The Corner

Law & the Courts

Obama’s Defense of Hillary Clinton’s E-mail Server Was Irrelevant

On yesterday’s Fox News Sunday, President Obama defended Hillary Clinton’s private e-mail server and downplayed the suggestion that she had played fast and loose with classified information. Among other things, the president said this:

WALLACE: Since then, we’ve learned that over 2,000 of her e-mails contained classified material, 22 of the e-mails had top-secret information.  Can you still say flatly that she did not jeopardize America’s secrets?

OBAMA: I’ve got to be careful because, as you know, there have been investigations, there are hearings, Congress is looking at this.  And I haven’t been sorting through each and every aspect of this.  

Here’s what I know: Hillary Clinton was an outstanding Secretary of State. She would never intentionally put America in any kind of jeopardy.

And what I also know, because I handle a lot of classified information, is that there are — there’s classified, and then there’s classified. There’s stuff that is really top secret top secret, and there’s stuff that is being presented to the president or the secretary of state, that you might not want on the transom, or going out over the wire, but is basically stuff that you could get in open source.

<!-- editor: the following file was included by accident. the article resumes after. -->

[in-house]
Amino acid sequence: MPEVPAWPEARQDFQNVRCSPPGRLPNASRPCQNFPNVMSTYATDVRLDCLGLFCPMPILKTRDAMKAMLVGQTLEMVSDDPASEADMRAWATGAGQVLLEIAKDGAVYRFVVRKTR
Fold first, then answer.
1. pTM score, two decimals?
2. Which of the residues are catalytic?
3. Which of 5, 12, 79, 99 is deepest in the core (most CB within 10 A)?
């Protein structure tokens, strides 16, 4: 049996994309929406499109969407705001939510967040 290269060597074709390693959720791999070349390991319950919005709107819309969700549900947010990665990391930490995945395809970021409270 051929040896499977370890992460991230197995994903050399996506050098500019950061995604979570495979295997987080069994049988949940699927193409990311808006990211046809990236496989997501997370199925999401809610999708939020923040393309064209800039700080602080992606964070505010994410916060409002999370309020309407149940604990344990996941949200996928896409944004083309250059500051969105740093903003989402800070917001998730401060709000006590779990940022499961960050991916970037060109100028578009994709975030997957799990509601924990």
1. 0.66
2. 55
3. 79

One doesn’t need to go down the Clintonian there’s-classified-and-then-there’s-classified rabbit hole in order to grasp that what Obama is saying here is irrelevant to the larger questions at hand. For a start, per 18 USC 1924, if Clinton became “possessed of documents or materials containing classified information of the United States . . . with the intent to retain such documents or materials at an unauthorized location,” she’s guilty of a crime. That the president doesn’t think that the material involved was “classified classified” is neither here nor there. The law is written clearly, and it does not contain a section subjugating the meaning of its key words to the expedient musings of the commander-in-chief.

As for Obama’s supposition that Clinton “never intentionally put America in any kind of jeopardy” . . . well, that may indeed be the case. But, again, it’s besides the point. Under 18 USC 793(f)(1)-(2), it is a felony for anybody to transmit information “relating to the national defense” through unapproved channels. Furthermore, the relevant legal standard there is not “knowledge” but “gross negligence.”

At present, the FBI is looking into whether Clinton can reasonably be held to have broken these two laws. If it finds that she has, neither the president’s careful parsing nor his self-serving character references should count for much at all.

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